Kennedy had been on the swim team at Harvard; even towing McMahon by a belt through his teeth, he was undaunted by the distance. Several of the other men were also good swimmers, but several were not; two, Johnston and Mauer, could not swim at all. These last two were lashed to a plank that the other seven men pulled and pushed as they could. Kennedy arrived first at the island, named Plum Pudding but called by the men "Bird" Island because of the guano that coated the bushes. So spent that he had to be helped up the beach by the man he had towed, Kennedy collapsed and waited for the rest of the crew.
But Kennedy's swimming was not over. Alarmed by a Japanese barge that passed close by, Kennedy determined to swim down into Ferguson Passage, through which the American PTs passed when they were operating in Blackett Strait. Island-hopping and clinging to reefs, Kennedy made his way out into the passage, where he treaded water for an hour before deciding that the PTs were in action elsewhere that night. The return voyage nearly killed him as strong currents spun him out into Blackett Strait and then back into Ferguson Passage.
Making the weary trip again, Kennedy stopped on Leorava Island, southeast of Bird Island, where he slept long enough to recoup himself for the final leg of the trip. Returning to Bird Island, Kennedy slept through the day but also made Ross promise to go out on the same trip that night. But Ross did not see any sign of the PTs either.
On August 4 Kennedy led the men back into the ocean, striking out for Olasana Island in hopes of finding food and fresh water but also wishing to be closer to Ferguson Passage. Kennedy again hauled McMahon by the strap of his life vest while the rest of the crew clustered around the plank and thrashed their way along. Olasana Island proved to be something of a disappointment. The coconuts were more plentiful but had a sickening effect on some of the men. Fresh water was not in evidence, and the men were too nervous about Japanese patrols to explore more than a small corner of this larger island. When the night of August 4 turned wet and cold, Kennedy determined to try the next island over the following day.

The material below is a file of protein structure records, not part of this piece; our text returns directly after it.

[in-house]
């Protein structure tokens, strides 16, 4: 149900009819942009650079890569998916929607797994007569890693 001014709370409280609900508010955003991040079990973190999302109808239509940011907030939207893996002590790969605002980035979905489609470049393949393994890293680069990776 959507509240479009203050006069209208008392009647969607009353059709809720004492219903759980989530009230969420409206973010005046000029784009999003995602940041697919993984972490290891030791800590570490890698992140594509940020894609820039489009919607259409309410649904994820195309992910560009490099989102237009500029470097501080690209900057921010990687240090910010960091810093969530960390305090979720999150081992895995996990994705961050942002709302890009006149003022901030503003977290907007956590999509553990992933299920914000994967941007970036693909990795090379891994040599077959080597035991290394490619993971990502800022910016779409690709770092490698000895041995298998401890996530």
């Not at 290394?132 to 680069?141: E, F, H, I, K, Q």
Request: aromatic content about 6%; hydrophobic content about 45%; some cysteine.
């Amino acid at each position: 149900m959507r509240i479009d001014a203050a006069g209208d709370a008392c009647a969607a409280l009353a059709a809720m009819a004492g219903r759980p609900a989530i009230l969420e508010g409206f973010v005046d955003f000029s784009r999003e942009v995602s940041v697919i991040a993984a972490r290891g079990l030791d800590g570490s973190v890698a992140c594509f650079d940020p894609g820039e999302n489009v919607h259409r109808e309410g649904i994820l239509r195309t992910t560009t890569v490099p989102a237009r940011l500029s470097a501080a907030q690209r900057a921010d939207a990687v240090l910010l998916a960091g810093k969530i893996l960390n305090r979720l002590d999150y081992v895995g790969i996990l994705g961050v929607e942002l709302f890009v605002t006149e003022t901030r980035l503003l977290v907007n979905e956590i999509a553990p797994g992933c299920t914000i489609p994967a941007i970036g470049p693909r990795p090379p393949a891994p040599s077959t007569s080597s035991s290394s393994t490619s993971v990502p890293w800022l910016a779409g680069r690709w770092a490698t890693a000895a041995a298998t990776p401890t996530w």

Naru, or Cross, Island is the last in the chain, and its eastern shores look out over Ferguson Passage. Kennedy and Ross climbed up on to its beach a little past noon on August 5. Fearing enemy patrols, the two men stepped carefully through the brush but only saw the wreck of a small Japanese vessel out on the reef. On the beach they spotted a small box with Japanese labels. When they broke it open, they were delighted to discover it contained Japanese candy. Even better, a little further up the island they discovered a tin of water and a one-man canoe hidden in the bushes. Having had a drink, Kennedy and Ross were just walking back onto the beach when they saw two men out at the Japanese wreck. The men, clearly islanders, took fright and paddled away from the wreck in a canoe, despite Kennedy's hails. Uncertain about the outcome of this encounter, that night Kennedy took the canoe into Ferguson Passage once more, with as little success as previously.
Kennedy decided to take the canoe back to Olasana; he stopped off long enough to gather the candy and the water to bring to the other men, leaving Ross to rest until the next morning. Arriving at Olasana, Kennedy discovered that the two men he and Ross had seen at Naru had made contact with the rest of the crew. The two men, Biuku Gasa and Eroni Kumana, were islander scouts for the Allies. Their hasty departure from Naru had left them tired and thirsty, and they had stopped for coconuts at Olasana, where Thom had been able to convince them that the crew was American. The next morning, August 6, Kennedy returned with Gasa and Kumana to Naru, intercepting Ross along the way as he was swimming back. The islanders showed the two Americans where a boat had been hidden on Naru. When Kennedy was at a loss for a way to send a message, Gasa showed him how it could be scratched into a green coconut husk. Gasa and Kumana left with the message—
COMMANDER . . . NATIVE KNOWS
POS'IT . . . HE CAN PILOT . . . 11 ALIVE
NEED SMALL BOAT . . . KENNEDY
—as well as a backup note that they got from Thom when they stopped at Olasana. Perhaps not fully believing that their luck had changed, Kennedy insisted on going out with Ross into Ferguson Passage in the two-man canoe. Heavy seas swamped the canoe and so battered the men that they barely made it back to Naru. But the next morning, August 7, eight islanders appeared at Naru shortly after Kennedy and Ross awoke. They brought food and instructions from the local Allied coastwatcher, Lt. A. Reginald Evans, that Kennedy should come over to Evans's post. Stopping long enough at Olasana to feed the crew, the islanders hid Kennedy under a pile of palm fronds and paddled him to Gomu Island in Blackett Strait. Early in the evening of the seventh, a little more than six days after PT-109's sinking, Kennedy stepped onto Gomu. There was still a rescue to be planned with Evans, no small thing in enemy-held waters, but the ordeal of PT-109 was over.